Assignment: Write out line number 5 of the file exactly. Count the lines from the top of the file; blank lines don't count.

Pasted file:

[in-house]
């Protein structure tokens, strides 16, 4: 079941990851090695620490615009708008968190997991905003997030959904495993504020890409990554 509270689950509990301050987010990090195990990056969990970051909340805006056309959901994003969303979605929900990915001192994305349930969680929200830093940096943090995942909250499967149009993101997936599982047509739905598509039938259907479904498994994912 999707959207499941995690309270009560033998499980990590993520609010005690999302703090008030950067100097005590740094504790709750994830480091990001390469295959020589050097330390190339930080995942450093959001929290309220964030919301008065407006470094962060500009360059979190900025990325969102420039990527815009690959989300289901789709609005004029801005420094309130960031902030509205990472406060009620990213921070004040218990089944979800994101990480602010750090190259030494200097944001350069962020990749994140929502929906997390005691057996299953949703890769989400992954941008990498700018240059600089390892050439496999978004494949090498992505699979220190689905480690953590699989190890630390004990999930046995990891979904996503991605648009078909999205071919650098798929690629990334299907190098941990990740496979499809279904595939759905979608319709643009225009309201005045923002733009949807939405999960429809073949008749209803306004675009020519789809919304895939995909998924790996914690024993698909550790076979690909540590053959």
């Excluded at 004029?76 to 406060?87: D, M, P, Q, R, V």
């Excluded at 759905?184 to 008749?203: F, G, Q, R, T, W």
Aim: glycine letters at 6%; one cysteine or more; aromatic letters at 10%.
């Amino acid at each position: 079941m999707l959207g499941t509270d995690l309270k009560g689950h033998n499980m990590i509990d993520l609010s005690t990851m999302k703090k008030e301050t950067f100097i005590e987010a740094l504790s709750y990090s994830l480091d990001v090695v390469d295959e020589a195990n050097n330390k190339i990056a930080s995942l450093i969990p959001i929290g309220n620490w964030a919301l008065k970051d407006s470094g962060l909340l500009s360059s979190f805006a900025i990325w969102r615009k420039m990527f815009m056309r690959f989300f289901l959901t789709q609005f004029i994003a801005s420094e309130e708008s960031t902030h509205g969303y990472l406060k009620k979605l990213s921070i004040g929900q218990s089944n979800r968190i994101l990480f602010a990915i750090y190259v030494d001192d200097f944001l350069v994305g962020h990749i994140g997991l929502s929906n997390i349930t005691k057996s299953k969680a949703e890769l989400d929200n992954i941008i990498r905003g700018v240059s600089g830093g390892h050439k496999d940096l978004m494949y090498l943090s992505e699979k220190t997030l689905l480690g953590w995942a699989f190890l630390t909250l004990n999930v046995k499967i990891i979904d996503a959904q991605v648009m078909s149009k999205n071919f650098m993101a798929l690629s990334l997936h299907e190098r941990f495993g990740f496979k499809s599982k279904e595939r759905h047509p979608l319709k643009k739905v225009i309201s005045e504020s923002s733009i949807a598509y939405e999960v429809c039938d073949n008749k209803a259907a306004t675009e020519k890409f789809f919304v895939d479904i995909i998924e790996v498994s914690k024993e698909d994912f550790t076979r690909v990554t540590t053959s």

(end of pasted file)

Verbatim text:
Aim: glycine letters at 6%; one cysteine or more; aromatic letters at 10%.